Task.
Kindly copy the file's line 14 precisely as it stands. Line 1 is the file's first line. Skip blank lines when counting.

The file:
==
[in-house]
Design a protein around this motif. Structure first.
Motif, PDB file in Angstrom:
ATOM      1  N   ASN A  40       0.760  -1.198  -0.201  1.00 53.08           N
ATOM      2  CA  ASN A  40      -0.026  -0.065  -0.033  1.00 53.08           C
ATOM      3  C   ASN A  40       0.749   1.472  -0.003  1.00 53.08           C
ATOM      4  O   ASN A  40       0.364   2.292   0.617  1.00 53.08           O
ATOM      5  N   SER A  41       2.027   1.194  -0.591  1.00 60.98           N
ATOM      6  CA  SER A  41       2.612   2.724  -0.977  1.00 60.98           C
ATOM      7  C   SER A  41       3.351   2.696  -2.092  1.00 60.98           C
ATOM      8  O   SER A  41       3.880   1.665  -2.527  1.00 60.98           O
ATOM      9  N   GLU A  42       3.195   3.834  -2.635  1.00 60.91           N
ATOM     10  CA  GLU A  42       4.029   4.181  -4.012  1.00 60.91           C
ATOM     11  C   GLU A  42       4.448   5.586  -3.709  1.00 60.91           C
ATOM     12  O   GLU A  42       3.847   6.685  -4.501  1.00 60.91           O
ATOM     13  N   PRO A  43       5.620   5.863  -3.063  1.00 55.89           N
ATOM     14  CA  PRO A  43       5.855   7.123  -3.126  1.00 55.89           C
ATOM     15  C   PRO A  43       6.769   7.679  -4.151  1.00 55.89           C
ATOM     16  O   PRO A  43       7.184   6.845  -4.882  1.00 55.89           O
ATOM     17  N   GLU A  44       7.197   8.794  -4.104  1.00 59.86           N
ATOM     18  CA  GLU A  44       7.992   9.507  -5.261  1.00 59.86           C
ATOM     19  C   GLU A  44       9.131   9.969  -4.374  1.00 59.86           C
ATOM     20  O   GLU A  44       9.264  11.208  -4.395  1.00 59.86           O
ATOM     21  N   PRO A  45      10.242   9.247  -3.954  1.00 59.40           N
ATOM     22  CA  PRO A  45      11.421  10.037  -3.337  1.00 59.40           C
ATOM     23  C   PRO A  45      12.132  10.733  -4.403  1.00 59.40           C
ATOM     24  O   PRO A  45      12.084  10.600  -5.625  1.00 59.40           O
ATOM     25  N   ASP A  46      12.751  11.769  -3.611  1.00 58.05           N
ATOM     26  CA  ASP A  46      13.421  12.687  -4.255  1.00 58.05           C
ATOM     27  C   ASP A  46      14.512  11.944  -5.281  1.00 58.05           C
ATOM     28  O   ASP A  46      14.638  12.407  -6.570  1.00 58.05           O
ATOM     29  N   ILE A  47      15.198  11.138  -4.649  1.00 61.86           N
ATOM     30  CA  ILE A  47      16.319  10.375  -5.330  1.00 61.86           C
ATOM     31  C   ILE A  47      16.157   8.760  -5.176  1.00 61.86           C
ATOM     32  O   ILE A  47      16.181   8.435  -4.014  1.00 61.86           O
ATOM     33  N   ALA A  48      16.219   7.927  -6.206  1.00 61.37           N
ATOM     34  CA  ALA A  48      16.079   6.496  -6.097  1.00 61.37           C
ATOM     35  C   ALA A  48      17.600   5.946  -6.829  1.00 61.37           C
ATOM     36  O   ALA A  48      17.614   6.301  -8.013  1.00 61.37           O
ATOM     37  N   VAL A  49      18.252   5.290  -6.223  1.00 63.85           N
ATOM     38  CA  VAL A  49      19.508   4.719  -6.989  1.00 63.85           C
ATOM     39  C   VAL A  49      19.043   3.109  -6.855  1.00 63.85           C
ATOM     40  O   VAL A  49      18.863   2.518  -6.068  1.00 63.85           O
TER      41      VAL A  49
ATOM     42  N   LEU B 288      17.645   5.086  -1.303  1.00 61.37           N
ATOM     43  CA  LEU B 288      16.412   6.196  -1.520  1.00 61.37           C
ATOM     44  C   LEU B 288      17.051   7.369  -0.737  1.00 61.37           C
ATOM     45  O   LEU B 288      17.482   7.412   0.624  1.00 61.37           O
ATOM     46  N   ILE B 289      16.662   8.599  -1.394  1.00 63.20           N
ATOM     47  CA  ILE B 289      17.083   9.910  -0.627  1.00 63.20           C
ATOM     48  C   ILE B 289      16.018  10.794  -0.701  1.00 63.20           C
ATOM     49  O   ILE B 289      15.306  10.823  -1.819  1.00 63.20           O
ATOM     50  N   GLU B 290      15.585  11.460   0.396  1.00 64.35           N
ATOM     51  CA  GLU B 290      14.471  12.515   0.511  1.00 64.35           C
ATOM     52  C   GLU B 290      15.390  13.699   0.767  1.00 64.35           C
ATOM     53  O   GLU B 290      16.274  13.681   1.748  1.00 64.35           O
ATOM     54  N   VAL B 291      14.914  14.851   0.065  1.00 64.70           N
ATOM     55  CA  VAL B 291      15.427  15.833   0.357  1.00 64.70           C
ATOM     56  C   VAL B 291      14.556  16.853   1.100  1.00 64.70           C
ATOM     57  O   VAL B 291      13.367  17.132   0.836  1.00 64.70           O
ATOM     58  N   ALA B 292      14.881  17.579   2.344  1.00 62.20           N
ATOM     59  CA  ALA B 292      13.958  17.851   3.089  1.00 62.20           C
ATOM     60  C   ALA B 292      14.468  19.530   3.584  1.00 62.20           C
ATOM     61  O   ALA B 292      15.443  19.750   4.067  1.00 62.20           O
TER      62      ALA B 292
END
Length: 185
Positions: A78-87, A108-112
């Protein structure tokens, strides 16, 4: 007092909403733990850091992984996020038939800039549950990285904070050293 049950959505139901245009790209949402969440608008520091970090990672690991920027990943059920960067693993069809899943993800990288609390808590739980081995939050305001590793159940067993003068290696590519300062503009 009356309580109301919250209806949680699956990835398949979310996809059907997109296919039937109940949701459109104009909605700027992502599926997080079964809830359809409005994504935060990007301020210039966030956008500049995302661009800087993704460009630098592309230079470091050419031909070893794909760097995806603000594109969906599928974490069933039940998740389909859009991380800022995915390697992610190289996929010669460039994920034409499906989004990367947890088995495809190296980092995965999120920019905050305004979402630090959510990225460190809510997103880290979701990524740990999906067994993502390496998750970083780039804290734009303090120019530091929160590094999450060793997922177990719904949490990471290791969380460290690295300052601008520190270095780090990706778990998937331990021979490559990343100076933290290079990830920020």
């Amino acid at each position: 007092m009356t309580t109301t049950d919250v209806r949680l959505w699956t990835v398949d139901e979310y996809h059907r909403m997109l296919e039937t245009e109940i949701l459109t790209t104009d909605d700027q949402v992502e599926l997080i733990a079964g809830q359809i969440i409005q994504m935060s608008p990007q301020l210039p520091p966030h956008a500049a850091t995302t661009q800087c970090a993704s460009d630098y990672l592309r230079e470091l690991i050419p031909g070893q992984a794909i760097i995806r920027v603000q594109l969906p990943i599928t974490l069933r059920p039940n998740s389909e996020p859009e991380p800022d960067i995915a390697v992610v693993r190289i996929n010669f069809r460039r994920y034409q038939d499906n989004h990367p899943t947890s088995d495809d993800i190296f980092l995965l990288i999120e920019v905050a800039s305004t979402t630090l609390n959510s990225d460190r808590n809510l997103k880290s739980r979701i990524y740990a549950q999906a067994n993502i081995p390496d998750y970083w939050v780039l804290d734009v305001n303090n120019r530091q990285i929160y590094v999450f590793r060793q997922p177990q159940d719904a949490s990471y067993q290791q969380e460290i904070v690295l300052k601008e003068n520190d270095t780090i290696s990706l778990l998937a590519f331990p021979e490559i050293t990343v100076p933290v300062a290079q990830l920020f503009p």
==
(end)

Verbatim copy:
ATOM     11  C   GLU A  42       4.448   5.586  -3.709  1.00 60.91           C